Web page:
Blog 2: A clean city is a modern city: Dublin in the 19th Century (Shauna O Brien- 113545727)

Picture 1 Source: Census national archive (RSAI, DDC, no. 44)

Picture 1: Picture of 3 small children at Faithful place, off Lower Tyrone Street showing the  poor street conditions in Dublin in the 19th century.
Source: Census national archive (RSAI, DDC, no. 44)

Dublin in the 19th Century was largely over populated which meant poor living conditions and poverty was a part of everyday life. Dirt, disease and death were prevalent and the spread of diseases such as Cholera and  Tuberculosis, from filthy, inadequate hygiene and close living proximity was becoming a serious problem for the people of Dublin.

A Public Health committee was set up in Dublin in 1866. Sanitary Sub officers were given the job to inspect the people of Dublin’s personal hygiene and living conditions in their homes as it was becoming more and more important in combating and preventing the spread of disease

Picture 3. Sanitary sub officers of the corporation of Dublin 1909 Source: Dublin City Council (DD002)

Picture 2. Sanitary sub officers of the corporation of Dublin 1909
Source: Dublin City Council (DD002)

In May 1885, William Meagher, Lord Mayor of Dublin, opened the city’s first municipal baths on Tara Street. Hot and cold baths were offered to men and women so that they could keep themselves clean and disease free.

Picture 2. Men in the Dublin Corporation Baths and Wash Houses, Tara Street, 1912 Source: Dublin City Council (DD032 )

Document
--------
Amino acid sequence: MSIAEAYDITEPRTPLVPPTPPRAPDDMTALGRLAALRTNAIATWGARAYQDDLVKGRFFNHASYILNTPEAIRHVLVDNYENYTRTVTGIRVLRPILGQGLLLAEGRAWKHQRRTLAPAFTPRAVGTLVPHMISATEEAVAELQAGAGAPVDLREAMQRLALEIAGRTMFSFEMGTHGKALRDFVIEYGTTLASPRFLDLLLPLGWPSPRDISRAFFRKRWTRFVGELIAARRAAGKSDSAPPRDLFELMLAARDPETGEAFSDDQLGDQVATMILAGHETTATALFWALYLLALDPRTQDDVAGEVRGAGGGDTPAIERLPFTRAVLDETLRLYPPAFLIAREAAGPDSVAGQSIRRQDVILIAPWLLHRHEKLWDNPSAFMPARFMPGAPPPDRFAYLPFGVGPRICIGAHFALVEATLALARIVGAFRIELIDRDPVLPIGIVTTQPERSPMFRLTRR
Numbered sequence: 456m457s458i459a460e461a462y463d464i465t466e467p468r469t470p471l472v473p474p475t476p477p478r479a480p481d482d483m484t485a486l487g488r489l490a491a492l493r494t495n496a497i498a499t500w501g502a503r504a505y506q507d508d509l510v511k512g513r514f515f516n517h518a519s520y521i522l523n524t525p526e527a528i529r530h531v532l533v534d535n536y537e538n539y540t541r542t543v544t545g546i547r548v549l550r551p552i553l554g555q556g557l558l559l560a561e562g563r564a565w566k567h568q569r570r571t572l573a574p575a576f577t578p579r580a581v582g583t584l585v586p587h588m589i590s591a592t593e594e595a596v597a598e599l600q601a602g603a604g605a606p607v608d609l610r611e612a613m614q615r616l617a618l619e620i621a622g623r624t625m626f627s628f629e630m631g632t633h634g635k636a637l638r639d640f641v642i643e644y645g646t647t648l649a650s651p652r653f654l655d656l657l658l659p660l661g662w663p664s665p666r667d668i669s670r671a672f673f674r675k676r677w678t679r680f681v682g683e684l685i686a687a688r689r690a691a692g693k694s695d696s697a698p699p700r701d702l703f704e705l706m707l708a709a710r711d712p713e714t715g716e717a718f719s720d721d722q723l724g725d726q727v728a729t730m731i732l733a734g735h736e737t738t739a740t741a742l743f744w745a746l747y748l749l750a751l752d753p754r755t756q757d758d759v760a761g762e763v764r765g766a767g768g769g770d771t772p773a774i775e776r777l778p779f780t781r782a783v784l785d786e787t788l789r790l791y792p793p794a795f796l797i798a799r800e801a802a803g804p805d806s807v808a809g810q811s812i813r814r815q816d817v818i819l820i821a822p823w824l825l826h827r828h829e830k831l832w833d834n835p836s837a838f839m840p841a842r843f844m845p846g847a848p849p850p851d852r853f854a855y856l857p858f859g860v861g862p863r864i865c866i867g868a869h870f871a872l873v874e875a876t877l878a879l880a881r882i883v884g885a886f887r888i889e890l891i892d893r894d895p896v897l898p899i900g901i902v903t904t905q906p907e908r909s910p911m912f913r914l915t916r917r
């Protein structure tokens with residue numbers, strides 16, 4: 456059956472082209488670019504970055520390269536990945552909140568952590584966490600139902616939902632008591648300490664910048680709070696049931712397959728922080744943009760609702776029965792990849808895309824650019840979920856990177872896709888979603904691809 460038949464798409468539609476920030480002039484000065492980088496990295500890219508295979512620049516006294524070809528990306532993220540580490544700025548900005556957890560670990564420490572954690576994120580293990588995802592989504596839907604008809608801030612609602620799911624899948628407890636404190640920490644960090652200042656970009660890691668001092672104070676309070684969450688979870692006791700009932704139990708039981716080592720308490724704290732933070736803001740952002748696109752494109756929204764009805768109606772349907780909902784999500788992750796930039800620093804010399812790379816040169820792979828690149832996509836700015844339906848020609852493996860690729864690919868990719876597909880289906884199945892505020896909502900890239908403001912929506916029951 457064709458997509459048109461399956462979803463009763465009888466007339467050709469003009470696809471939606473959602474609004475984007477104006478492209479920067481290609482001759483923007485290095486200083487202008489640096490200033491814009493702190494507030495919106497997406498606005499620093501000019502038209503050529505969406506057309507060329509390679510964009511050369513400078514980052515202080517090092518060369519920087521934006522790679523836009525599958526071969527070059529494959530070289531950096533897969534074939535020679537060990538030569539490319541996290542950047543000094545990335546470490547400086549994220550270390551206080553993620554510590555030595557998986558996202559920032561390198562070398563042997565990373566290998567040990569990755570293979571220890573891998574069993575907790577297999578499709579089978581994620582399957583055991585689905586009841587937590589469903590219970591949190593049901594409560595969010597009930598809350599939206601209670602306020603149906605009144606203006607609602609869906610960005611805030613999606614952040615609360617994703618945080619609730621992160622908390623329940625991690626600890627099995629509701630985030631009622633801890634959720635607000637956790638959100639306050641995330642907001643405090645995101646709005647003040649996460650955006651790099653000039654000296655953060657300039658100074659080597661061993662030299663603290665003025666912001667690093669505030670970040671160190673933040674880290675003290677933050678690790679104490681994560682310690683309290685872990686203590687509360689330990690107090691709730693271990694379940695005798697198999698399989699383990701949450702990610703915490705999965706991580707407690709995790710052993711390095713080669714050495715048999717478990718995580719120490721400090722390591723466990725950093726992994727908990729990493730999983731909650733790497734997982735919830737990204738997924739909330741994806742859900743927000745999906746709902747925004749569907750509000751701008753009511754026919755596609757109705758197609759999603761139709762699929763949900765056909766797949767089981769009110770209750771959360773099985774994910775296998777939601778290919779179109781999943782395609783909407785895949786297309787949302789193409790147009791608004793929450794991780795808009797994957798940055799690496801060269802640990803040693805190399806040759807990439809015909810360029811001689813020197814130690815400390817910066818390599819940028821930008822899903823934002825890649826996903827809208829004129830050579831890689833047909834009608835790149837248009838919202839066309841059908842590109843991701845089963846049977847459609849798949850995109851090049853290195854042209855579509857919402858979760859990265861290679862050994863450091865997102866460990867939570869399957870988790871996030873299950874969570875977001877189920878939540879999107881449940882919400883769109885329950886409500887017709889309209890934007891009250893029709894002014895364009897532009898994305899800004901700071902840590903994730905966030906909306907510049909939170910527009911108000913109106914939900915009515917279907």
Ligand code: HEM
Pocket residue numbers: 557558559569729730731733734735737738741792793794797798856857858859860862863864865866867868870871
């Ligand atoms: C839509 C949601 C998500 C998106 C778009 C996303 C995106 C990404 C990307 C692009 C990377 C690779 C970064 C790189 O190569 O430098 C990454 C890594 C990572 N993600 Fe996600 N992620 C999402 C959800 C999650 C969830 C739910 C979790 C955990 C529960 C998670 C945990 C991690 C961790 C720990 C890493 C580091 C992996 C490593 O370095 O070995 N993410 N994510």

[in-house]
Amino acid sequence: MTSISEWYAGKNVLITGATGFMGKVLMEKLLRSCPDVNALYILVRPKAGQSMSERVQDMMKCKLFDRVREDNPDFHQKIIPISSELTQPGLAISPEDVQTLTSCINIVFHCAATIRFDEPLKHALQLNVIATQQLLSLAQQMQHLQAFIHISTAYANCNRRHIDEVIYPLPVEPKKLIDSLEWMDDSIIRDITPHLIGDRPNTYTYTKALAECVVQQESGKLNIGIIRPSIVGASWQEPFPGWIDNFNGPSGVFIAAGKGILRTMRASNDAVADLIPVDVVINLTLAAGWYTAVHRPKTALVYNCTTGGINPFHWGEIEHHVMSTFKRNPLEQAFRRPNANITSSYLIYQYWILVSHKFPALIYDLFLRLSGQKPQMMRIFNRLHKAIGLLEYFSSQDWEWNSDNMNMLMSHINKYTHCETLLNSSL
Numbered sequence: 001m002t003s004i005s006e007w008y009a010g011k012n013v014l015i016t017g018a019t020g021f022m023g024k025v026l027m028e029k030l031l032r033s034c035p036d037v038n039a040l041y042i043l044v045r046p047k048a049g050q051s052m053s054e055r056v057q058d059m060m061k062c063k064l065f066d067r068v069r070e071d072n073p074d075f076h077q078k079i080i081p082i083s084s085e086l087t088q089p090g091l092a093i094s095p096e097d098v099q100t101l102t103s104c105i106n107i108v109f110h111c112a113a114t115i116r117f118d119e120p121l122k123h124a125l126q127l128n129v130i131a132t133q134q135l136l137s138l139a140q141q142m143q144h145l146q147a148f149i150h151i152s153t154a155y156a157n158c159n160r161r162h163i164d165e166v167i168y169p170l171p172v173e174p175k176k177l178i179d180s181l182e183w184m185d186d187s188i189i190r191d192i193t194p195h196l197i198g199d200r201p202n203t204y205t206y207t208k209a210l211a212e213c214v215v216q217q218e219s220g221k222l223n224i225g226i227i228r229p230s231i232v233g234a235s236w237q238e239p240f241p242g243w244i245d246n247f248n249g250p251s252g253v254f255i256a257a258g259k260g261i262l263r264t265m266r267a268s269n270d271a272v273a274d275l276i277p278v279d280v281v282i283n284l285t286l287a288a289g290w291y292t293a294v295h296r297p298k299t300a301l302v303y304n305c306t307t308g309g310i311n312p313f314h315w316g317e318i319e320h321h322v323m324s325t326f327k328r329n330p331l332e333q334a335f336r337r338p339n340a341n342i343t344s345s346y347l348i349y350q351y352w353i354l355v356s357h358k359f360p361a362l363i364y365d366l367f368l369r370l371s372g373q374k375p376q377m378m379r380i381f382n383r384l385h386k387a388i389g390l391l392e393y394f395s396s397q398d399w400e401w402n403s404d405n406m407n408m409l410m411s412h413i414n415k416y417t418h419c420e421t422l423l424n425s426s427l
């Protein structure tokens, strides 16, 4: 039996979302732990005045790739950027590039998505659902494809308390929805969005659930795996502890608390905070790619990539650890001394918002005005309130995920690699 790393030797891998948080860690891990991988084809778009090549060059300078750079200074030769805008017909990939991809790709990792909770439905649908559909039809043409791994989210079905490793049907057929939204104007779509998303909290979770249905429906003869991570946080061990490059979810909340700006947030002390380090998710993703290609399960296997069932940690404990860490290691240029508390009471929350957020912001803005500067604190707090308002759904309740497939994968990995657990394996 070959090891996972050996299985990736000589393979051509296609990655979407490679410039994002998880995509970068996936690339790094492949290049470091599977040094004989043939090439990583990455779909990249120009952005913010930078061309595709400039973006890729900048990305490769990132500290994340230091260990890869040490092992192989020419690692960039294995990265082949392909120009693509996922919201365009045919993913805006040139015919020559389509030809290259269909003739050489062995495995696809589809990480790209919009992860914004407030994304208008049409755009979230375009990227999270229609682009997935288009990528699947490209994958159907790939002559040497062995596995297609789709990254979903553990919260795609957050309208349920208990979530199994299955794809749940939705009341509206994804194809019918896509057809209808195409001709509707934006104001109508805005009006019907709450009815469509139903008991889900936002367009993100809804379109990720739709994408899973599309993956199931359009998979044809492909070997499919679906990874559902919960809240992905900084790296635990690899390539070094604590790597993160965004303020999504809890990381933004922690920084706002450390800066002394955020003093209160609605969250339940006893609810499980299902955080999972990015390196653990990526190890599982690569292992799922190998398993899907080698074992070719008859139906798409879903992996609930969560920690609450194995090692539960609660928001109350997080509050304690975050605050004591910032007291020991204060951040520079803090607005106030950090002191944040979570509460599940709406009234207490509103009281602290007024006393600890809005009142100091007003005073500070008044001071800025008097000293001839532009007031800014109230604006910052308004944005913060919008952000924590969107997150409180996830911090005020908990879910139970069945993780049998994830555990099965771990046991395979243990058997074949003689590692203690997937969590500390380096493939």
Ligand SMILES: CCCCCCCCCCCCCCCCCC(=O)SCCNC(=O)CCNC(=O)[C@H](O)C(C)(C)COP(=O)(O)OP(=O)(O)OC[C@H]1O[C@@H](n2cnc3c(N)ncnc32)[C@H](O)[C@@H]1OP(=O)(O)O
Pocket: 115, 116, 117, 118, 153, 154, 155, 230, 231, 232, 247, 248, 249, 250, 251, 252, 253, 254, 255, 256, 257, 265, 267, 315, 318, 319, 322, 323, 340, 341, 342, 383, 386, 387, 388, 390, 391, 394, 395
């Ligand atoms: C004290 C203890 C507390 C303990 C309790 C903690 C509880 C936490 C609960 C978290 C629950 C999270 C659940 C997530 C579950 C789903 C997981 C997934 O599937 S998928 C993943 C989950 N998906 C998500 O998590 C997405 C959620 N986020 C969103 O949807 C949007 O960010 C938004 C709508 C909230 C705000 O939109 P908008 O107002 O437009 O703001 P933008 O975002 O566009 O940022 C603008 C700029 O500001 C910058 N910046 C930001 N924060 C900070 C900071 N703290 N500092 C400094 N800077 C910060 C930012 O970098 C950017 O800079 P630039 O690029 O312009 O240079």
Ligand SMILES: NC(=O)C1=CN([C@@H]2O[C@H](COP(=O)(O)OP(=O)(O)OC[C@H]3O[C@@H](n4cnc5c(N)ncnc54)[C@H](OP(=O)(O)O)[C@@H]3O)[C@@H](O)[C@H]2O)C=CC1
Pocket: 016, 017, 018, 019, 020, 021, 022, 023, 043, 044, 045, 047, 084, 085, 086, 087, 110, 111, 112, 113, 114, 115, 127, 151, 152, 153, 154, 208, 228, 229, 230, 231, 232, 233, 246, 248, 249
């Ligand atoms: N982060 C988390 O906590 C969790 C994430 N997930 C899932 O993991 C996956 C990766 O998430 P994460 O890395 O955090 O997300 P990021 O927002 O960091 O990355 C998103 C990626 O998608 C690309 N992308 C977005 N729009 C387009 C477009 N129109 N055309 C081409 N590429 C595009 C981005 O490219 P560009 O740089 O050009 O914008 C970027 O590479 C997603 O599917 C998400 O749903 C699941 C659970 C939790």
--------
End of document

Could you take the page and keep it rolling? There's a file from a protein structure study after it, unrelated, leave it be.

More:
Picture 3. Men in the Dublin Corporation Baths and Wash Houses, Tara Street, 1912
Source: Dublin City Council (DD032 )

Public toilets were also introduced around this time. In 19th century Ireland not all homes had toilets and so the streets were a dumping ground for chamber pots. People had to walk or cycle around the city and therefore took longer to travel from one place to another. Many businesses such as Cafes and Shops did not offer their facilities to the public and so toilets were constructed to help maintain the streets sanitary conditions.

Picture 4. a urinal on the Ormond Quay, Dublin in 1969 Source: National library of Ireland

Picture 4. a urinal on the Ormond Quay, Dublin in 1969
Source: National library of Ireland

The advent of both the bath house and the public toilet played significant roles in improving the quality of the streets and  the experience of those who lived in Dublin during this time. Personal hygiene meant that people were now much healthier and more aware of how to behave in a clean and controlled city and modernity is an inevitable process which follows.

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